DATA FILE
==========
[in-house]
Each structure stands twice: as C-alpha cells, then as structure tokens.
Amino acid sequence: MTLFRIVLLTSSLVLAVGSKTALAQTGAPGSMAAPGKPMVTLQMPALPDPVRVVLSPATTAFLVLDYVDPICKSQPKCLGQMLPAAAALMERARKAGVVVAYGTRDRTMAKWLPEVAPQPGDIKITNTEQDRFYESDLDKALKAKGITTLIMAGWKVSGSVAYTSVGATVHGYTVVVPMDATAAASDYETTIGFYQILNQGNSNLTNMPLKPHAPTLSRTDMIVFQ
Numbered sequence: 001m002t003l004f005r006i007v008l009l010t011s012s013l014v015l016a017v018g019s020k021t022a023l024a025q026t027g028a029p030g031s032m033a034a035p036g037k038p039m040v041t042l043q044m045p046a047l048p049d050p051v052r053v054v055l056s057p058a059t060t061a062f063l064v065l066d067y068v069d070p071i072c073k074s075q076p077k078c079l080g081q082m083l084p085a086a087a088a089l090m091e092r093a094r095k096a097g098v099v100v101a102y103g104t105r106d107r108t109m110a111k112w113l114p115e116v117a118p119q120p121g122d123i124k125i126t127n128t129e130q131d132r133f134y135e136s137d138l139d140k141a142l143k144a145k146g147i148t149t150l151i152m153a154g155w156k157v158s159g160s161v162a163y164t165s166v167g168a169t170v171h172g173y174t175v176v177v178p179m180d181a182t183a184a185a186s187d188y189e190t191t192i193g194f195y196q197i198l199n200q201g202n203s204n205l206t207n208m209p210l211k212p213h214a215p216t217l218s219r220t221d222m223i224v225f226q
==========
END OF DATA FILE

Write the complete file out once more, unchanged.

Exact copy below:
[in-house]
Each structure stands twice: as C-alpha cells, then as structure tokens.
Amino acid sequence: MTLFRIVLLTSSLVLAVGSKTALAQTGAPGSMAAPGKPMVTLQMPALPDPVRVVLSPATTAFLVLDYVDPICKSQPKCLGQMLPAAAALMERARKAGVVVAYGTRDRTMAKWLPEVAPQPGDIKITNTEQDRFYESDLDKALKAKGITTLIMAGWKVSGSVAYTSVGATVHGYTVVVPMDATAAASDYETTIGFYQILNQGNSNLTNMPLKPHAPTLSRTDMIVFQ
Numbered sequence: 001m002t003l004f005r006i007v008l009l010t011s012s013l014v015l016a017v018g019s020k021t022a023l024a025q026t027g028a029p030g031s032m033a034a035p036g037k038p039m040v041t042l043q044m045p046a047l048p049d050p051v052r053v054v055l056s057p058a059t060t061a062f063l064v065l066d067y068v069d070p071i072c073k074s075q076p077k078c079l080g081q082m083l084p085a086a087a088a089l090m091e092r093a094r095k096a097g098v099v100v101a102y103g104t105r106d107r108t109m110a111k112w113l114p115e116v117a118p119q120p121g122d123i124k125i126t127n128t129e130q131d132r133f134y135e136s137d138l139d140k141a142l143k144a145k146g147i148t149t150l151i152m153a154g155w156k157v158s159g160s161v162a163y164t165s166v167g168a169t170v171h172g173y174t175v176v177v178p179m180d181a182t183a184a185a186s187d188y189e190t191t192i193g194f195y196q197i198l199n200q201g202n203s204n205l206t207n208m209p210l211k212p213h214a215p216t217l218s219r220t221d222m223i224v225f226q